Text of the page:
• Sees UK inflation reaching target in 2 years' time.
BoE's Broadbent
BoE's Broadbent

ECB’s Lane (dove – voter) acknowledged that credit dynamics have been weak, which should weigh on economic growth and inflation:

  • Credit dynamic really has been quite weak.
  • It is below what we would have expected last year.
ECB's Lane
ECB's Lane

The US September Challenger Job Cuts came in at 47.46K vs. 75.15K prior.

US Challenger Job Cuts
US Challenger Job Cuts

The US Jobless Claims beat expectations once again:

  • Initial Claims 207K vs. 210K expected and 205K prior (revised from 204K).
  • Continuing Claims 1664K vs. 1675K expected and 1665K prior (revised from 1670K).
US Initial Claims
US Initial Claims

ECB’s Villeroy (neutral – voter) is just another member in the higher for longer camp as the ECB has probably ended its tightening cycle:

  • Increase in bond yields may be excessive but it is helping to tighten financial conditions.
  • I don't think an additional rate hike is justified now.
ECB's Villeroy
ECB's Villeroy

Fed’s Daly (neutral – non voter) is comfortable with the recent rise in Treasury yields as it tightens financial conditions on the Fed’s behalf:

  • Monetary policy is restrictive.
  • Progress isn't victory, must remain resolute.
  • To ensure we fully achieve goals, we need to finish the work.
  • We need vigilance and agility.
  • The economy still has considerable momentum.
  • We are a long way from 2% inflation and a long way from sustainable employment.
  • Even with recent slowing in the labour market, job growth remains well above what needed to keep pace with growth.
  • It's possible the slowing so far it will translate into steady march towards goal.
  • There are real risks in inflation projection.
  • Will need to see progress on a super – core inflation to be confident we are on path to 2%.
  • If we continue to see labour market and inflation falling, we can hold rates steady.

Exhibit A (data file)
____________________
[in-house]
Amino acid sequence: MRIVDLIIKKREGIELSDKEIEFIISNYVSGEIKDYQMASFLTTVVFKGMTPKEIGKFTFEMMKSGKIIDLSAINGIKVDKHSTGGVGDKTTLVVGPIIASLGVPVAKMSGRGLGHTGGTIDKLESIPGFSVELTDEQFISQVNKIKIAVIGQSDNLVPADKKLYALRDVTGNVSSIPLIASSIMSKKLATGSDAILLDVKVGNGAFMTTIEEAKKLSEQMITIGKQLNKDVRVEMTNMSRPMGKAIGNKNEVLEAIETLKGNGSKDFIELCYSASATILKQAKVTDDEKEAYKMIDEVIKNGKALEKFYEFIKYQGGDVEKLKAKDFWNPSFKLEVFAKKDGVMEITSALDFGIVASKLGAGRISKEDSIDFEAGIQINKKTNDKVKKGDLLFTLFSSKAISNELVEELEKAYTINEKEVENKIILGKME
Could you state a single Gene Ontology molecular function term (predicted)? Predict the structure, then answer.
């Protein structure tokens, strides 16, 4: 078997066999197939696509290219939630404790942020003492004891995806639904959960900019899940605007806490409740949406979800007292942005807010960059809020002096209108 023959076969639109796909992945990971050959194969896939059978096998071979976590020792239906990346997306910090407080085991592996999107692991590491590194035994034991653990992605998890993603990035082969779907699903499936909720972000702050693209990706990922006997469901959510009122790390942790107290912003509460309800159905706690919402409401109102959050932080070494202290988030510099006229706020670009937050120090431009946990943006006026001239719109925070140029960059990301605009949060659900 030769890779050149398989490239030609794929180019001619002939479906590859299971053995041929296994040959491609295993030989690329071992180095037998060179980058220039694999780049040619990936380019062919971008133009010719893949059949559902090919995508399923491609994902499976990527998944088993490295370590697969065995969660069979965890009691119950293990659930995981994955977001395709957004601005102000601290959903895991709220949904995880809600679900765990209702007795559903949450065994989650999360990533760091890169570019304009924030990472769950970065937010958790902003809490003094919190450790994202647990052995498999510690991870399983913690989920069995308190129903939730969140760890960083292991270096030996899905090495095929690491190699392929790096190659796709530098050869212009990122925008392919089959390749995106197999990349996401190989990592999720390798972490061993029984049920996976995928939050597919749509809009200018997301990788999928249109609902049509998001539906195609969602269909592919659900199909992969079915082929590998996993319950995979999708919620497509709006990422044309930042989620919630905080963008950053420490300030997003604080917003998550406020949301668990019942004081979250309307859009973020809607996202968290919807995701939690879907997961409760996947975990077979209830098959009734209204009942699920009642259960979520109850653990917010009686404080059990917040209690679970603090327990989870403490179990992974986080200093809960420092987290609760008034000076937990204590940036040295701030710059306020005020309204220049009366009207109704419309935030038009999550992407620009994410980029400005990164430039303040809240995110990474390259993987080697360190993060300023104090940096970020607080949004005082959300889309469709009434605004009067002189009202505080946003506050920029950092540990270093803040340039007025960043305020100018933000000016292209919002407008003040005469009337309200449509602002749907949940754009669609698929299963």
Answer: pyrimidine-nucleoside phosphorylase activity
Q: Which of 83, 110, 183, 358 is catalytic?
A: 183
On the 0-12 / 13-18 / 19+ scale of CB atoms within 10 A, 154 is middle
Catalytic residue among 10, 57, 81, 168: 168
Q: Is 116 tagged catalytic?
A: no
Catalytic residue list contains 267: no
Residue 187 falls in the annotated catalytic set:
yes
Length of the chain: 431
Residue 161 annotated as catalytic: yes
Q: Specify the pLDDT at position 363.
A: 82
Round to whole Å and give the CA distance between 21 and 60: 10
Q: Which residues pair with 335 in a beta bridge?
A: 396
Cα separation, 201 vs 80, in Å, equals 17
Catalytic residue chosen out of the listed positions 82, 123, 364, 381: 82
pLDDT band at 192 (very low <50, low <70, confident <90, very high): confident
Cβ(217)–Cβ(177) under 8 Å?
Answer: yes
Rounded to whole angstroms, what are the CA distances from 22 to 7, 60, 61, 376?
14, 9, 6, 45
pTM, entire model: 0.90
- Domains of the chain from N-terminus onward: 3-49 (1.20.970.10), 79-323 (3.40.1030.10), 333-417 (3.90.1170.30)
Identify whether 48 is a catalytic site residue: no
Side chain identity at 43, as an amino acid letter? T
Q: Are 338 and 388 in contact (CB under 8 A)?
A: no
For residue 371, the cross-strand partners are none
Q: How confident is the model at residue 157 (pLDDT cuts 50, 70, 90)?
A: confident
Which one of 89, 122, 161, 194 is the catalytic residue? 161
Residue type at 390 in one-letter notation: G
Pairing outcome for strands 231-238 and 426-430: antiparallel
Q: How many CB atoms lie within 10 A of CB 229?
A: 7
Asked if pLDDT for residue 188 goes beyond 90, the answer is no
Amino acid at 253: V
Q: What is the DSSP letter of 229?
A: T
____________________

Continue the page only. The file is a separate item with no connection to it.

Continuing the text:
• If financial conditions remain tight, that reduces need for more action from Fed.
  • But if falling inflation stalls or financial conditions loosen, will need to raise rates further.
  • Need to keep an open mind, have optionality on rates.
  • With rising bond yields, the need to do additional tightening by Fed is not there.
Fed's Daly
Fed's Daly

Fed’s Barkin (neutral – non voter) is comfortable with the recent rise in Treasury yields as well:

  • Yields have come up amid fiscal issuance and strong data.
  • A 2% is a very reasonable inflation target.
  • Does not see the logic of throwing out target before hitting it.
  • Rates feel high now, but they are not over the long term.
Fed's Barkin
Fed's Barkin


The Japanese wage growth missed expectations which is not what the BoJ wants to see in order to scale back its easing measures:

  • Average Cash Earnings Y/Y 1.1% vs. 1.5% expected and 1.1% prior.
  • Inflation-adjusted Real Wages Y/Y -2.7% vs. -2.5% prior. This is the 17th consecutive decline.
Japan Average Cash Earnings YoY
Japan Average Cash Earnings YoY

ECB’s Schnabel (hawk – voter) acknowledged the risks to the inflation outlook and the need to be cautious:

  • Overall, the recent news on inflation is encouraging.
  • Core inflation has proven more stubborn.
  • We cannot take it for granted that inflation will only move downwards from now on, because we could have new supply side shocks.
  • We cannot say that we are at the peak or for how long rates will need to be kept at restrictive levels.
  • I still see upside risks to inflation.
  • Cites wages as upside risk.
ECB's Schnabel
ECB's Schnabel

The US NFP report beat expectations by a big margin:

  • Nonfarm Payrolls 336K vs. 170K expected and 227K prior (revised from 187K).
  • Unemployment rate 3.8% vs. 3.7% expected and 3.8% prior.
  • Participation rate 62.8% vs. 62.8% prior.
  • Private payrolls 263K vs. 160K expected and 177K prior (revised from 179K).
  • Manufacturing payrolls 17K vs. 5K expected and 11K prior (revised from 16K).
  • Government payrolls 73K vs. 50K prior (revised from 8K).
  • U6 Unemployment rate 7.0% vs. 7.1% prior.
  • Average weekly hours 34.4 vs. 34.4 expected and 34.4 prior.
  • Average hourly earnings M/M 0.2% vs. 0.3% expected and 0.2% prior.
  • Average hourly earnings Y/Y 4.2% vs. 4.3% expected and 4.3% prior.
US Unemployment Rate
US Unemployment Rate

The Canadian Jobs report beat expectations as well:

  • Employment change 63.8K vs. 20.0K expected and 39.9K prior.
  • Unemployment rate 5.5% vs. 5.6% expected and 5.5% prior.
  • Full-time employment 15.8K vs. 32.2K prior.
  • Part-time employment 47.9K vs. 7.8k prior.
  • Participation rate 65.6% vs. 65.5% prior.
  • Average hourly wages permanent employees 5.3% vs. 5.2% prior.
Canada Unemployment Rate
Canada Unemployment Rate

The highlights for next week will be:

  • Tuesday: US NFIB Small Business Optimism Index.
  • Wednesday: US PPI, FOMC Minutes.
  • Thursday: Japan PPI, UK GDP, US CPI, US Jobless Claims, NZ Manufacturing PMI.
  • Friday: China CPI, China Trade data, Eurozone Industrial Production, US University of Michigan Consumer Sentiment.

That’s all folks. Have a great weekend!